Week ending February 11, 2024

# 1 Markets

Indian equity markets were moving in direction less narrow range and was waiting for a trigger till Thursday. RBI’s policy announcements though were on expected lines, spooked both equity and bond markets for not only continuing with withdrawal of accommodation stance and giving no clue for likely reduction in rates. Sensex fell by nearly 800 points as shortage of liquidity was not addressed by RBI but managed to gain some ground and closed at 700 points lower than when the week began. It may be interesting to note that, equity MFs added Rs 21,781 cr in January making this the 35th month of consecutive net inflows, which balances the FPI outflows considerably.

In the quarter ended December 2023, India Inc reported an uptick in revenue growth even as margin expansion continued to aid its bottom line. For the 1,357 companies (ex-BFSI) that had reported results till February 8, revenue growth at 4.8 per cent year-on-year is seen as a normalisation compared to 1.7 per cent YoY reported last quarter. Adjusted PAT growth at 38 per cent YoY (69 per cent YoY in Q2FY24) was aided by the 235 bps YoY EBITDA margin expansion to 16.4 per cent. Lower margin and PAT is therefore expected lower in Q4.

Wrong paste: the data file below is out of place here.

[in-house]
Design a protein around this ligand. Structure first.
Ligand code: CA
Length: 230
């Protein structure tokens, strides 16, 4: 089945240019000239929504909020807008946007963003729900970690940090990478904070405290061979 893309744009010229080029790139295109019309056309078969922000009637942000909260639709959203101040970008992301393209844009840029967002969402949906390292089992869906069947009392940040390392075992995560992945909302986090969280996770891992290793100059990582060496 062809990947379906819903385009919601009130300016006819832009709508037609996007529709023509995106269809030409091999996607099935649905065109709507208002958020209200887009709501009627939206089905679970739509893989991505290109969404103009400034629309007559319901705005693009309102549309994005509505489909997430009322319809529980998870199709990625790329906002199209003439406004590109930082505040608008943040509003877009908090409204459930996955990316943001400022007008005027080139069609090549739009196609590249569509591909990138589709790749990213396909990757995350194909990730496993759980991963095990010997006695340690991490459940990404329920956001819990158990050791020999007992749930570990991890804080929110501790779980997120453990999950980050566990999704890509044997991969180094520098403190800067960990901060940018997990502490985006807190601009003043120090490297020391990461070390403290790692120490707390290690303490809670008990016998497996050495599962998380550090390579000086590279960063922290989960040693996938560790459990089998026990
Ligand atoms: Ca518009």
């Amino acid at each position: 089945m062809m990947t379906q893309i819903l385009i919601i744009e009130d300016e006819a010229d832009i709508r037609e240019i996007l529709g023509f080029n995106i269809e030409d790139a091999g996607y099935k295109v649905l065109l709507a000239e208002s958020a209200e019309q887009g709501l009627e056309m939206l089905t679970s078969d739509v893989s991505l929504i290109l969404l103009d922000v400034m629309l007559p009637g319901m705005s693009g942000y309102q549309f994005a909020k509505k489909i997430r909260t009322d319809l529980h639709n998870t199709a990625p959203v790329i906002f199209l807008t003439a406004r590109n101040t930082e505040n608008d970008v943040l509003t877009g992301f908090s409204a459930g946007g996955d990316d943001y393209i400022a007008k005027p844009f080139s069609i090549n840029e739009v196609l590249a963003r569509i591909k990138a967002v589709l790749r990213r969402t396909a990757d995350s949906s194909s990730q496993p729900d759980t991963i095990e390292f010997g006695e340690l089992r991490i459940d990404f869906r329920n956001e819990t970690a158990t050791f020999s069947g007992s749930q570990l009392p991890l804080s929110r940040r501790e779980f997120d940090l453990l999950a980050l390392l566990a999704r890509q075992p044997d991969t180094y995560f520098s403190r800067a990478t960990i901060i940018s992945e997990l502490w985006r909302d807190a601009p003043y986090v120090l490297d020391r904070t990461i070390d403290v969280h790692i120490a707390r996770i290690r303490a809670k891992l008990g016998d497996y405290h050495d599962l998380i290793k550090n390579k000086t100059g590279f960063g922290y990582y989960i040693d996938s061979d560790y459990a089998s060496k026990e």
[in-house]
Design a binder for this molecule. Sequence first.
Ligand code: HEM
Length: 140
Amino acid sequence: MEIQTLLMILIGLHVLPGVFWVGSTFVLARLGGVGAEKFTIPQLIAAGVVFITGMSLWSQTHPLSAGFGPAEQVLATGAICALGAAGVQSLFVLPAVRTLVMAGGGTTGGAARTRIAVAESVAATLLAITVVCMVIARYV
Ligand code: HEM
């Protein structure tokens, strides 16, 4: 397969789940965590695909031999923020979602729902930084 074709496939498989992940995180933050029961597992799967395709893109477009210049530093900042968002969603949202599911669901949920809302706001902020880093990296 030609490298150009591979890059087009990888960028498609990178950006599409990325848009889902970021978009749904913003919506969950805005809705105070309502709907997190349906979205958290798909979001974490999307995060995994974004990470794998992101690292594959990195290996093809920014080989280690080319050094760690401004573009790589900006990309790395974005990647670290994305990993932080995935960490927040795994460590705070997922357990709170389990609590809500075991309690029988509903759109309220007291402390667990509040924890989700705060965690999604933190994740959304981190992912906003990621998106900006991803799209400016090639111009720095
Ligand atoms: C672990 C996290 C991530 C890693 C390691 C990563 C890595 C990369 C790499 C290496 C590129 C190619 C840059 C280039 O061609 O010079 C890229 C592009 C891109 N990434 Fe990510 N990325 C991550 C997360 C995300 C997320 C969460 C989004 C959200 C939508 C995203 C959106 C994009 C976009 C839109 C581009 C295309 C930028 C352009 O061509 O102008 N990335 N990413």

10Y G Secs hardened from 7.05% from last week closing, to 7.11% on Friday driven by projection of inflation nos. beyond RBI’s comfort zone and unlikeliness of rate cuts in the near term.

US S&P 500 continued its bull run and tops 5000 for the first time on Friday, buoyed by Friday’s inflation revisions while Dow Jones industrial average was tad lower. Economic data, including latest readings on labour and GDP have boosted hopes that the Fed Reserve monetary policy actions won’t hamper growth.

# 2 RBI

2.1 RBI Policy – 8th Feb 2024

Key actions:

  1. Repo rate unchanged at 6.5% as expected.
    1. Sixth consecutive stance to retain the rate.
    2. Withdrawal of accommodative stance continues with no indication of “neutral” stance.

Markets reacted negatively – Sensex moved down 800 points and bond markets hardened by 3 bps – expecting some kind of indication of timing of rate cuts, which was absent.